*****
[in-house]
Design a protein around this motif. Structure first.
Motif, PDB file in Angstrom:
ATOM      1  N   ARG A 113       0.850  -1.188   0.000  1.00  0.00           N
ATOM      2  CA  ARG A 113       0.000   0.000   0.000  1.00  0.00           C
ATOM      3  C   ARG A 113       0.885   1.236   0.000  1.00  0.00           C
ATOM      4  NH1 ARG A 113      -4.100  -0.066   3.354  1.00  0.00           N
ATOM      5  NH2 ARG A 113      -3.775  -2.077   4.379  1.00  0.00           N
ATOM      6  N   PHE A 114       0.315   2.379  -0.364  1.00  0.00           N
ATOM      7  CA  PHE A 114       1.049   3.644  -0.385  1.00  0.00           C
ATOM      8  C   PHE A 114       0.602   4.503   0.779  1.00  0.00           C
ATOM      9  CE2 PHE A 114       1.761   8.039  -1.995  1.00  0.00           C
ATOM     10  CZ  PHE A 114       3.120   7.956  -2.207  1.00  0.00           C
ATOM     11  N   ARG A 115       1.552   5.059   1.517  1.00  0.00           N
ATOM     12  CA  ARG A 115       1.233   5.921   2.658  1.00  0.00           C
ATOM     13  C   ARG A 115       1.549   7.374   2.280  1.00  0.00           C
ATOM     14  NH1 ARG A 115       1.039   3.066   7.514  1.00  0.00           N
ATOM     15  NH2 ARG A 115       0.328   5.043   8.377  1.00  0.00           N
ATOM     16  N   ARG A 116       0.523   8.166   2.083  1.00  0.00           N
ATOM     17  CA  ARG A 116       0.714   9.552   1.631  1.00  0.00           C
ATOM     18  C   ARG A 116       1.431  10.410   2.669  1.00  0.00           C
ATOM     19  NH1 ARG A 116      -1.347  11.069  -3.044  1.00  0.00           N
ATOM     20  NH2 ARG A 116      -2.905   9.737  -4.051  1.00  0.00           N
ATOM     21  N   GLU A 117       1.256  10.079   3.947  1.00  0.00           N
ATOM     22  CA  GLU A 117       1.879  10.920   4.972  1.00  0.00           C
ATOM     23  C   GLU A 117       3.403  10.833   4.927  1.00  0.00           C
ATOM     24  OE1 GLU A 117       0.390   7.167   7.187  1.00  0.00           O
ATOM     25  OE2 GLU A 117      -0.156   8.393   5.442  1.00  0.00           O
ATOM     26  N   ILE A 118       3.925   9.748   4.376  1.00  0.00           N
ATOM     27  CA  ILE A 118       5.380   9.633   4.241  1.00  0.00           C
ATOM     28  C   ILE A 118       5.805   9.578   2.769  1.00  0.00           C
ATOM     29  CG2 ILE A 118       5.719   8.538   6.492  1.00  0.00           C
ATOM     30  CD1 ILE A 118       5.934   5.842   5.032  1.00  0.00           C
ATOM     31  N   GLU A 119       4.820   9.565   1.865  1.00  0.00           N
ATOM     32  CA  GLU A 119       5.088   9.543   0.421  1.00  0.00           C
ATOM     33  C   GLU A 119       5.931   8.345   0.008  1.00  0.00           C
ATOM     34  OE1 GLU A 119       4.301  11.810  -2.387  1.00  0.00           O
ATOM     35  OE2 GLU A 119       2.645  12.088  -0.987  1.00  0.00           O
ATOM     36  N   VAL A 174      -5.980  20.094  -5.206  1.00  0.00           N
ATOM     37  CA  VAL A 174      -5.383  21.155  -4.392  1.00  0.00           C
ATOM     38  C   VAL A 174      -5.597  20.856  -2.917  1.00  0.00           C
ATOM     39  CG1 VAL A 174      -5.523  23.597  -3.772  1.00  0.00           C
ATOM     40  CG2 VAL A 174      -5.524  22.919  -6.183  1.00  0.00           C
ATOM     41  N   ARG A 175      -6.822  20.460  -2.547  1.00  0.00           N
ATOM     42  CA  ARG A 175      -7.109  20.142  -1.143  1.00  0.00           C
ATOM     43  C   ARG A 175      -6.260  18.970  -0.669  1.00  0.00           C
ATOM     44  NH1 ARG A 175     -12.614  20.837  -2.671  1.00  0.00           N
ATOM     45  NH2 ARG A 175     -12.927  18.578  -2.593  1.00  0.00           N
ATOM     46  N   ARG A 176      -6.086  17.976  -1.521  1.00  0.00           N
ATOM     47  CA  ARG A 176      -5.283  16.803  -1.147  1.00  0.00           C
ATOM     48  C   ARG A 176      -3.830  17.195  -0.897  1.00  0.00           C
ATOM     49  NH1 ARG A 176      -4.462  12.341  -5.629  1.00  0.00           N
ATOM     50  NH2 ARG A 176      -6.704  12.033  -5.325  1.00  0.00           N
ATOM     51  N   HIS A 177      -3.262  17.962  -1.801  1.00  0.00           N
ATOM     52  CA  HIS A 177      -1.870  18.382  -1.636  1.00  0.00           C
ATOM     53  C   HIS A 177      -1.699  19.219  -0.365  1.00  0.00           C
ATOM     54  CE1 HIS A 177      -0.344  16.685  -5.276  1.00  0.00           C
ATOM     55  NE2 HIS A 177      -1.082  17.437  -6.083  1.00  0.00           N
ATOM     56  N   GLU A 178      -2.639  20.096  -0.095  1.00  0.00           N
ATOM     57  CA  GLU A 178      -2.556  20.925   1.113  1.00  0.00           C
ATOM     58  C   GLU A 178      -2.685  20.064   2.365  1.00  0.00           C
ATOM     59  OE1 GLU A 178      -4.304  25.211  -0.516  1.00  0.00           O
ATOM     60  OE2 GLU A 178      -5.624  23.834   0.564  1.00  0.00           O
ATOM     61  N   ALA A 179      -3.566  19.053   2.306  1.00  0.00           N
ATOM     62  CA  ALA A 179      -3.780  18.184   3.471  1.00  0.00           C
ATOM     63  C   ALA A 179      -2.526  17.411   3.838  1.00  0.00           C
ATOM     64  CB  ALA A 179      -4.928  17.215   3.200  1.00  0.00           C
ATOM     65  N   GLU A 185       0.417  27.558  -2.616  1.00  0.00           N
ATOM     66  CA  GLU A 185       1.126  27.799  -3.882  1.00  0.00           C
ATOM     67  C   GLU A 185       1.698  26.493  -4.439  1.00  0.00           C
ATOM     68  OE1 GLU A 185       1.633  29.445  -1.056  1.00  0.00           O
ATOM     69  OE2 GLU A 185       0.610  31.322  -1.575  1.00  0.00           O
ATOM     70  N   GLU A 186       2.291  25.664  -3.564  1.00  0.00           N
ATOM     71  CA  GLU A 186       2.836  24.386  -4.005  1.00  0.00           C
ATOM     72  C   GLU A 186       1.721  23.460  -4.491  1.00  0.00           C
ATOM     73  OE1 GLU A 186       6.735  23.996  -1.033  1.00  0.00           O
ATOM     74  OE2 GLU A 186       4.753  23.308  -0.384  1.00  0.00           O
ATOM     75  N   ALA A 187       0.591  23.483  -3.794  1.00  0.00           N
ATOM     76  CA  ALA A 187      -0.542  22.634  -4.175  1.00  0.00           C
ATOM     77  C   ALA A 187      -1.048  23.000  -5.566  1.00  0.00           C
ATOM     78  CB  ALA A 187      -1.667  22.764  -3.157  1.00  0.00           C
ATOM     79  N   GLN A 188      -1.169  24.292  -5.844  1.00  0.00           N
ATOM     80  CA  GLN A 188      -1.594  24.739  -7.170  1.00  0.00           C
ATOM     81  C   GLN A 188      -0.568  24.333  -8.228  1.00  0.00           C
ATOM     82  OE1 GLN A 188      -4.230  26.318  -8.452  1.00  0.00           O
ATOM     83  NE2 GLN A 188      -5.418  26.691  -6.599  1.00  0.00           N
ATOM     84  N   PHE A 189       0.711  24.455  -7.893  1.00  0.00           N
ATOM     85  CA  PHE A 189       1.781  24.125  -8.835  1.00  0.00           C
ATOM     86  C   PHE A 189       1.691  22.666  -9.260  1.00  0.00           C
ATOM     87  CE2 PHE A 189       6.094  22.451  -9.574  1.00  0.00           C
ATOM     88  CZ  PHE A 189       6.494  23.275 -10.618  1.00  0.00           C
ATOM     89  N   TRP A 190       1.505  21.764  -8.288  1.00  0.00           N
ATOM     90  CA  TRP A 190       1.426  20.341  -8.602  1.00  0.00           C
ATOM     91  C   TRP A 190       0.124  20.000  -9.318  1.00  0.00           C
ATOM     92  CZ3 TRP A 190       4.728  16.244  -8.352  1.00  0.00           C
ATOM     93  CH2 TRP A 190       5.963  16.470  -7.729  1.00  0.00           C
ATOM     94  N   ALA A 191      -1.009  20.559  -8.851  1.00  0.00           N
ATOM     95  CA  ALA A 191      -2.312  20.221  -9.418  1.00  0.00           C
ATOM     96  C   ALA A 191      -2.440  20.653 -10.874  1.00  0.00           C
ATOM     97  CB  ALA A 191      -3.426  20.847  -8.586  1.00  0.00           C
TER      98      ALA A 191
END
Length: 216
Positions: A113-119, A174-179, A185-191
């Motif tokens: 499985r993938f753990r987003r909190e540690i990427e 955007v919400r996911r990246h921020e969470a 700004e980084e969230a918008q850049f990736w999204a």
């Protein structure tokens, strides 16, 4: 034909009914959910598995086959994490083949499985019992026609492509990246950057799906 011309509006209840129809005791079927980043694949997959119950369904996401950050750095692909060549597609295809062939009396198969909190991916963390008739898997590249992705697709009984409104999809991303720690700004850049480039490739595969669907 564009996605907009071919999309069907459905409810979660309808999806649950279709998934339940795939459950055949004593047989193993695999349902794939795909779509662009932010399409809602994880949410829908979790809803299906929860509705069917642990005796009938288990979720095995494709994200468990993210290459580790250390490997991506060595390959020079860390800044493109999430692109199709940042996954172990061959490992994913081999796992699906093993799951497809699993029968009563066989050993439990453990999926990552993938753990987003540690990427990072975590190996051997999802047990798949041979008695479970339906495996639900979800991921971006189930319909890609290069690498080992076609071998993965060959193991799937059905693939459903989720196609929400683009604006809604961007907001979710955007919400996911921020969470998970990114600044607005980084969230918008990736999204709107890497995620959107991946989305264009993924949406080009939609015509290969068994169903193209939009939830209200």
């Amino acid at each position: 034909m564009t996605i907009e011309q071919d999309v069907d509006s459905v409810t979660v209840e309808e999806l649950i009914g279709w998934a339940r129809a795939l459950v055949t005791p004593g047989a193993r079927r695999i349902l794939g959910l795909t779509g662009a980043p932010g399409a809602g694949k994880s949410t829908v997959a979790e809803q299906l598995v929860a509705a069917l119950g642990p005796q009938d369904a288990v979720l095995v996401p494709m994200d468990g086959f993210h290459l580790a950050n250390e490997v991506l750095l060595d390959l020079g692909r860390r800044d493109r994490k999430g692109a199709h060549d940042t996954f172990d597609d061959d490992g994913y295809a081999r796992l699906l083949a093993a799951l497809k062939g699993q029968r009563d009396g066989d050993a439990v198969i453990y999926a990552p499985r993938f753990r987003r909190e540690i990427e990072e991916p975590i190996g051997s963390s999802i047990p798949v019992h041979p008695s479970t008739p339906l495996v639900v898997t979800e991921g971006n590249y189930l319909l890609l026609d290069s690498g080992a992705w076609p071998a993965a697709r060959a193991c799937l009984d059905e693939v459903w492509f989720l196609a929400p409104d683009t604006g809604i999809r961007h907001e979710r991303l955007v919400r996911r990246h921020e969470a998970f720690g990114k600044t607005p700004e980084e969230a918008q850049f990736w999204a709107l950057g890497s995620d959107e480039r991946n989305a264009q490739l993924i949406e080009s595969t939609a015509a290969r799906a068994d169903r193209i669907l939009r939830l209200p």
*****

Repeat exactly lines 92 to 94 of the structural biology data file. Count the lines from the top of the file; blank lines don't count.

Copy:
ATOM     89  N   TRP A 190       1.505  21.764  -8.288  1.00  0.00           N
ATOM     90  CA  TRP A 190       1.426  20.341  -8.602  1.00  0.00           C
ATOM     91  C   TRP A 190       0.124  20.000  -9.318  1.00  0.00           C